President Obama defended his pick of Merrick Garland for the Supreme Court on Thursday, acknowledging he was a "white guy" but adding that he was an "outstanding jurist."
Obama defended the diversity of his federal appointments during a conversation in Chicago, Illinois, about nominating Garland. However, Senate Republicans have largely been steadfast in saying they will not hold hearings for him, since it's an election year.
Obama contended he had appointed more African Americans, Native Americans, Asian Americans and LGBT judges than any president before. He quipped he never felt he needed a "black lesbian from Skokie," saying that was never his approach to appoint judges for the sake of diversity.
"It turns out that if the process is fair and you are saying that it's important that our courts are reflective of a changing society, you'll end up with a really good cross-section of people who are excellent and that's who we've been able to appoint," Obama said. "And so when I look at Merrick Garland, that was the person that, you know, the difference between the Supreme Court is just a handful of seats come up at any given time now.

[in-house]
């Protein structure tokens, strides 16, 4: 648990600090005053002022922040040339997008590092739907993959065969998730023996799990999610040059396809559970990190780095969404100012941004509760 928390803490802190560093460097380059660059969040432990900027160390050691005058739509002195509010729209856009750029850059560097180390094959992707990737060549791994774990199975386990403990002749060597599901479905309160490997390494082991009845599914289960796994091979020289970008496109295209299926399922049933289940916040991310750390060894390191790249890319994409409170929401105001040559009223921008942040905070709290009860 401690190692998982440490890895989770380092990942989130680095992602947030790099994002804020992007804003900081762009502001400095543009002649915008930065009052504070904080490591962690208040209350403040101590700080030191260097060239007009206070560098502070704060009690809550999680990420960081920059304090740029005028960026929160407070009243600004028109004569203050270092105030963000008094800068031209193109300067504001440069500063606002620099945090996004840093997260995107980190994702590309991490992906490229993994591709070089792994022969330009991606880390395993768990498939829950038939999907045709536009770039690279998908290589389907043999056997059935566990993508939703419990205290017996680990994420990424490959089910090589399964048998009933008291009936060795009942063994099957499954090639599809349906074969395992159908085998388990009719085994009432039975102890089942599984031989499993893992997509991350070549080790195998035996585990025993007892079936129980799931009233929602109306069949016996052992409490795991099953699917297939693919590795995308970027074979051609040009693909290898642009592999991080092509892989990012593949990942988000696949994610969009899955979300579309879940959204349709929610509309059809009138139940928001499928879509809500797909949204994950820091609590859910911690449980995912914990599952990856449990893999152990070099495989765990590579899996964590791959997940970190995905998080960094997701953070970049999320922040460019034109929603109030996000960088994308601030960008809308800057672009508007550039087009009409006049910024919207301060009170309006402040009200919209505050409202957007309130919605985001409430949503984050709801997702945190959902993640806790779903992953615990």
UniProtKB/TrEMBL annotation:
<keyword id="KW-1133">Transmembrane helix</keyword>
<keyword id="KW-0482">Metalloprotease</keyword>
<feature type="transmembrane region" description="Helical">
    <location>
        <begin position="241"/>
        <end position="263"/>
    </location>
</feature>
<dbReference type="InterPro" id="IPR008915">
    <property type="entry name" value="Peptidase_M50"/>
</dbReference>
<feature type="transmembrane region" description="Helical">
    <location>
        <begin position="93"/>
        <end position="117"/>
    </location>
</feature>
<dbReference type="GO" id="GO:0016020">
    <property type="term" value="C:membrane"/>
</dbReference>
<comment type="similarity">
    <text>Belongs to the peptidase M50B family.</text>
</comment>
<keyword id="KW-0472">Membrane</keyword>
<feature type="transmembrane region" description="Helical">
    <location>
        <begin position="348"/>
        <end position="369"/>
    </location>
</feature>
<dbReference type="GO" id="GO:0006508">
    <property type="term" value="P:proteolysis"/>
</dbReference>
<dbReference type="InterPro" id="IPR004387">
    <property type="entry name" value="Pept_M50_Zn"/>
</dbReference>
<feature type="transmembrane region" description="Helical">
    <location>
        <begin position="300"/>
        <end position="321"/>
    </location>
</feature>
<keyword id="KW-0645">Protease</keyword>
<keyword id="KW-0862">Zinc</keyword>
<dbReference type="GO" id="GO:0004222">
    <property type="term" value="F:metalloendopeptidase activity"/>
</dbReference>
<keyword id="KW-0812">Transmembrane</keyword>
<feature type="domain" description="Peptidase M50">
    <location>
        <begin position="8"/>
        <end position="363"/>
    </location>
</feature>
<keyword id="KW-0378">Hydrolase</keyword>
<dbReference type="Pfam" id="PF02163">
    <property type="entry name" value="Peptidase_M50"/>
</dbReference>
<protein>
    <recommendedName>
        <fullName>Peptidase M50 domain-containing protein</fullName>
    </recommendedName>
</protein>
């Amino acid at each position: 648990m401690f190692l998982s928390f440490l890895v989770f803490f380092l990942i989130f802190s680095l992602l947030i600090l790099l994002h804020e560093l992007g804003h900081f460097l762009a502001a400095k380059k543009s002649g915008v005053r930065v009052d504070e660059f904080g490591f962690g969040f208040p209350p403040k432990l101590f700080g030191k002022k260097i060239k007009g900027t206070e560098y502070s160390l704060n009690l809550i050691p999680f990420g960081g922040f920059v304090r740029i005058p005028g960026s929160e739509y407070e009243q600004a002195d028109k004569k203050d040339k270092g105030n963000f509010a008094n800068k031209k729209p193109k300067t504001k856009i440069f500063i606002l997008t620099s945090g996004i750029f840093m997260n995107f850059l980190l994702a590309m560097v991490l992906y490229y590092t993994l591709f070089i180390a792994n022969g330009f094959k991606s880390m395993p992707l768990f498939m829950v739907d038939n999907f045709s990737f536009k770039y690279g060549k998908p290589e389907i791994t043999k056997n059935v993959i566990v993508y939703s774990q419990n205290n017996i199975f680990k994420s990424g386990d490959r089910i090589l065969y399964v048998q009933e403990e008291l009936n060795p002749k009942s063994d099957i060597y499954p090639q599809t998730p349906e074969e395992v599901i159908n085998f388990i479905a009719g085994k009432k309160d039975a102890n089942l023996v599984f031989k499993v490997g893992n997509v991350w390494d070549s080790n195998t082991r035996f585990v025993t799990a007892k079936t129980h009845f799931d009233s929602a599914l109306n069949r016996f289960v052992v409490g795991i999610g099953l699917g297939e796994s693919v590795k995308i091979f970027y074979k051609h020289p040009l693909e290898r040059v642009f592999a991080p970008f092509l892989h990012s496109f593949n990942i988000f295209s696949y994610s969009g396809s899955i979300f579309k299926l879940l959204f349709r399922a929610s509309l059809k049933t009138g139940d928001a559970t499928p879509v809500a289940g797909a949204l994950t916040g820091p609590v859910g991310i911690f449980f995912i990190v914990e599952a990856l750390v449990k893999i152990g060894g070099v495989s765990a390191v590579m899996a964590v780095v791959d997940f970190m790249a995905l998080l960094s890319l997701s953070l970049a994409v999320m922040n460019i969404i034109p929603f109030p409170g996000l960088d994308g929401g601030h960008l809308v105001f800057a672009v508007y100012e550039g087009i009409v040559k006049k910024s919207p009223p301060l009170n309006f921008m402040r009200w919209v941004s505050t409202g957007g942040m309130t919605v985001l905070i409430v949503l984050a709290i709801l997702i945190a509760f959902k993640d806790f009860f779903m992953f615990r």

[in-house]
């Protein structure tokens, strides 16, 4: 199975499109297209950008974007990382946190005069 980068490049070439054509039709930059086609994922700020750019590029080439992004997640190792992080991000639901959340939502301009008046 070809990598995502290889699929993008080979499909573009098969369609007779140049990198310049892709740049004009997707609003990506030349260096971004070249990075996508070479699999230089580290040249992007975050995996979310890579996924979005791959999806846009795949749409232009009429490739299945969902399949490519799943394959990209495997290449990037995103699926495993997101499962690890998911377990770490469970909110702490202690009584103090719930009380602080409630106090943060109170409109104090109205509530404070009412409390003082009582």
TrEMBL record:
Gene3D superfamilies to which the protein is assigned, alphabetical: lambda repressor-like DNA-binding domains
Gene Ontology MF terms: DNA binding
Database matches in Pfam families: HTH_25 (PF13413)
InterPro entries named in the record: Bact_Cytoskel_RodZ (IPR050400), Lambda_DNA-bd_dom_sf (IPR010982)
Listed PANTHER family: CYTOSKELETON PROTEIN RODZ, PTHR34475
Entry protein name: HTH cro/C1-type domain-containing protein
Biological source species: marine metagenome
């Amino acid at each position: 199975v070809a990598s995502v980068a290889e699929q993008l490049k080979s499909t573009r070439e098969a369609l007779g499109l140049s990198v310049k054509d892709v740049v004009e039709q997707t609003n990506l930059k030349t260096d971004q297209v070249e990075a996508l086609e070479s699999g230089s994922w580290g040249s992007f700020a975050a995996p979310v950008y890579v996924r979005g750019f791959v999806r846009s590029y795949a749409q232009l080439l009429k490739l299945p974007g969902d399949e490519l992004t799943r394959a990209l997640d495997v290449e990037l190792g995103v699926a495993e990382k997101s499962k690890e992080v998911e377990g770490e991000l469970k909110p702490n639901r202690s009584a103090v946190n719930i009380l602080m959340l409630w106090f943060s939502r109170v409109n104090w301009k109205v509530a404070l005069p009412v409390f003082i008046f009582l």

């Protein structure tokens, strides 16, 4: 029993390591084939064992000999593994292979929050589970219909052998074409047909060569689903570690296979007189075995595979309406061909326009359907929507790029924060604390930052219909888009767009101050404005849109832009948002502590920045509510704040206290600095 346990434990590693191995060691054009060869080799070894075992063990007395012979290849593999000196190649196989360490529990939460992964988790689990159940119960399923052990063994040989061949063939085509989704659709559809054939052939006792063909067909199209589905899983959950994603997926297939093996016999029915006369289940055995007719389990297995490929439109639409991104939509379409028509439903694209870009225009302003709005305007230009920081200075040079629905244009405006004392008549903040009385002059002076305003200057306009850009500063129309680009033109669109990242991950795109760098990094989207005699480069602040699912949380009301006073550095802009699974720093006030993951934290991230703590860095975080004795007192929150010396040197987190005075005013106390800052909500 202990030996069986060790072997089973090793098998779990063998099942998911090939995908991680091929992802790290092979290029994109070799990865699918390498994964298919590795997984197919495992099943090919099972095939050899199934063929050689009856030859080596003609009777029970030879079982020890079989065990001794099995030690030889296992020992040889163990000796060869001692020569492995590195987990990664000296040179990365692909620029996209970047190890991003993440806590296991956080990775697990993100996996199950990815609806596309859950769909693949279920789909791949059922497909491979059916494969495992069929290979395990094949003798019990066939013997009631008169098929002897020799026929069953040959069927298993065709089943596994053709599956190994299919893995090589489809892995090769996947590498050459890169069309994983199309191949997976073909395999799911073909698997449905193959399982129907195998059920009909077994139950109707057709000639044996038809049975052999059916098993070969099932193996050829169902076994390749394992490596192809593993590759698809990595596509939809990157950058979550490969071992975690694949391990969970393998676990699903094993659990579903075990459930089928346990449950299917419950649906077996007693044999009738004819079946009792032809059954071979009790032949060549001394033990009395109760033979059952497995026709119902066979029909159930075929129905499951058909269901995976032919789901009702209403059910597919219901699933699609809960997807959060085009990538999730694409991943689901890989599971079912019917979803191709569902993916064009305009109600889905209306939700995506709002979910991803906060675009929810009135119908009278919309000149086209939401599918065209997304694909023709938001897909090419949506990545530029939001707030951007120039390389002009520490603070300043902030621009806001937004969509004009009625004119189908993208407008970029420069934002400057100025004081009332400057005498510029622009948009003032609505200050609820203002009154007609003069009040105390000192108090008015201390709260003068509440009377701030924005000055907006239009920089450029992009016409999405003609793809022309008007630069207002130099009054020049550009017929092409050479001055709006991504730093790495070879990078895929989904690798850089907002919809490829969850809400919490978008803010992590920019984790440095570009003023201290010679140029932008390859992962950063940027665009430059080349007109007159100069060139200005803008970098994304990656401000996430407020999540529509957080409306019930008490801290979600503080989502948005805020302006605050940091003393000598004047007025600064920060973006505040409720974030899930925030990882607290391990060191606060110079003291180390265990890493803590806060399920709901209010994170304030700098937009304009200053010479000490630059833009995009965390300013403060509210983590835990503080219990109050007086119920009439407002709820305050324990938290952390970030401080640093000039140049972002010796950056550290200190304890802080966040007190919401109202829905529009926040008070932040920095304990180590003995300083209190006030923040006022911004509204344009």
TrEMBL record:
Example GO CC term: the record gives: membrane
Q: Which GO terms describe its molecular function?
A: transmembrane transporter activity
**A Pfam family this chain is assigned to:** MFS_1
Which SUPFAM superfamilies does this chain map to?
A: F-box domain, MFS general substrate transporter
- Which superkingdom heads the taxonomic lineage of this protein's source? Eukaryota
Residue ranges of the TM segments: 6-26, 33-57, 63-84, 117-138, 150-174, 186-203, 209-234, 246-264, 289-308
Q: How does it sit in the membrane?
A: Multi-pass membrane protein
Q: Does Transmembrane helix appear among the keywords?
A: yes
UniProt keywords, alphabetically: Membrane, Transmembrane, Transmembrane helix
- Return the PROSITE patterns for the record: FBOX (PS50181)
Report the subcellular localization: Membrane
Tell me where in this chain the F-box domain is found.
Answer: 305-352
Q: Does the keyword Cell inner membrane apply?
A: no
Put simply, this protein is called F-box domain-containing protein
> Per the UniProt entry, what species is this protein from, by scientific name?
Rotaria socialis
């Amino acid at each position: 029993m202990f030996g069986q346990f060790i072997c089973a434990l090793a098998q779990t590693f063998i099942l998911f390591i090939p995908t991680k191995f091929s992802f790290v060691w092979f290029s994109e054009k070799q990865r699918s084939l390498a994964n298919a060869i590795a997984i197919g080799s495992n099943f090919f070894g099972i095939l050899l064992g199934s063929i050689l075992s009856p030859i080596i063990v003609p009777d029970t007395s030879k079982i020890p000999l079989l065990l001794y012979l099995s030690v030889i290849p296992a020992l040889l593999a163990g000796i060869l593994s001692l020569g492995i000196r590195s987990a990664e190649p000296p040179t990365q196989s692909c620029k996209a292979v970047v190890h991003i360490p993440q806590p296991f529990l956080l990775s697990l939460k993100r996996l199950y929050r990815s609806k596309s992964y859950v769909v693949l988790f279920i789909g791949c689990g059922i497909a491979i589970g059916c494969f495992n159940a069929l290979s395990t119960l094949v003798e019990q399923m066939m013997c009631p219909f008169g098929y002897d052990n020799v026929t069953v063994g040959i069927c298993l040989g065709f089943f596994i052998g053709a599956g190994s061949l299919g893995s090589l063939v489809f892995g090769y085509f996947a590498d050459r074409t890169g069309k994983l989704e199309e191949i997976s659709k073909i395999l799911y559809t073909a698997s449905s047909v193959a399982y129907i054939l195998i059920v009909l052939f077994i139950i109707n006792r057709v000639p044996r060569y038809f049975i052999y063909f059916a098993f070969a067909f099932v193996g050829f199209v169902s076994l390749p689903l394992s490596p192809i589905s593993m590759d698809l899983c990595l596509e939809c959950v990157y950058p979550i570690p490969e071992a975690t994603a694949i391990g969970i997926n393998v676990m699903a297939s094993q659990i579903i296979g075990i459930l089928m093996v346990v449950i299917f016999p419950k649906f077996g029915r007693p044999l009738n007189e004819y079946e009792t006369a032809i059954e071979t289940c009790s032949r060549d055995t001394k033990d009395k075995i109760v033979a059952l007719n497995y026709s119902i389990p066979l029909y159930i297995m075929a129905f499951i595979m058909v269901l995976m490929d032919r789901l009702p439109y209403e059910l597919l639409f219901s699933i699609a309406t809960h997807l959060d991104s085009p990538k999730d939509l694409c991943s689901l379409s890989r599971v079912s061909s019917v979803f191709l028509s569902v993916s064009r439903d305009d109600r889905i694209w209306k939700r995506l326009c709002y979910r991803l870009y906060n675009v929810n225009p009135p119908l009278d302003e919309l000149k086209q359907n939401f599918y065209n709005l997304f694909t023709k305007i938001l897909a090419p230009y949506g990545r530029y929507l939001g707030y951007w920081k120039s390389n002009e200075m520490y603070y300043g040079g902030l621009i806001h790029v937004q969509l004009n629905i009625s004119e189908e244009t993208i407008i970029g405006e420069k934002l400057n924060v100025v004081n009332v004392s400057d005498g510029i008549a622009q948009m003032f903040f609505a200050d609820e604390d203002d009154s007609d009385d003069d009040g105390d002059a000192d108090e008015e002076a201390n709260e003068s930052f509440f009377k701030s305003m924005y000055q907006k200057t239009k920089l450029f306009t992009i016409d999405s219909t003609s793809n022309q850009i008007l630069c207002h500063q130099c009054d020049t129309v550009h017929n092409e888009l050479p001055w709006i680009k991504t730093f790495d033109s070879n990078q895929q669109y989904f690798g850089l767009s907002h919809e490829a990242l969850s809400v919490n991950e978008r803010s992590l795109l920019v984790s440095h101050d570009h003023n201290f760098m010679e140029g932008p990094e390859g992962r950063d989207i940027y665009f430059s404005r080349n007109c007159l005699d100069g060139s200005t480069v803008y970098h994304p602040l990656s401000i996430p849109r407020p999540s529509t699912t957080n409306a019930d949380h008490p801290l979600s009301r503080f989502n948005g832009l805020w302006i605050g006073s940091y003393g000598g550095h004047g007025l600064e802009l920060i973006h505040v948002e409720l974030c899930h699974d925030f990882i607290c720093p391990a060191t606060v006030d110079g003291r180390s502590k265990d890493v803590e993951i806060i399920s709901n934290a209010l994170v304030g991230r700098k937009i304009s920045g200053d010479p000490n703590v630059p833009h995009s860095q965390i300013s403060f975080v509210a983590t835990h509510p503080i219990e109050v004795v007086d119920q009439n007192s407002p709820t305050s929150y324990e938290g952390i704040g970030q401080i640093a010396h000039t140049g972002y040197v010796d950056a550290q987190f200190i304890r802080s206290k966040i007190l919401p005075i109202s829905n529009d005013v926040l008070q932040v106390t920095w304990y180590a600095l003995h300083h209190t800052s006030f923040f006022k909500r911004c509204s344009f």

"I appointed a Latino woman, another woman right before that. So, you know, yeah, he's a white guy, but he's a really outstanding jurist. Sorry."
— Juliet Eilperin (@eilperin) April 7, 2016
Obama appointed Elena Kagan and Sonia Sotomayor to the Supreme Court earlier in his administration. Obama tapped Garland as his latest pick after the death of Antonin Scalia in February. The announcement has set up a tense fight on Capitol Hill, with Republicans and Democrats accusing one another of inconsistency and hypocrisy based on which party's president is making an appointment.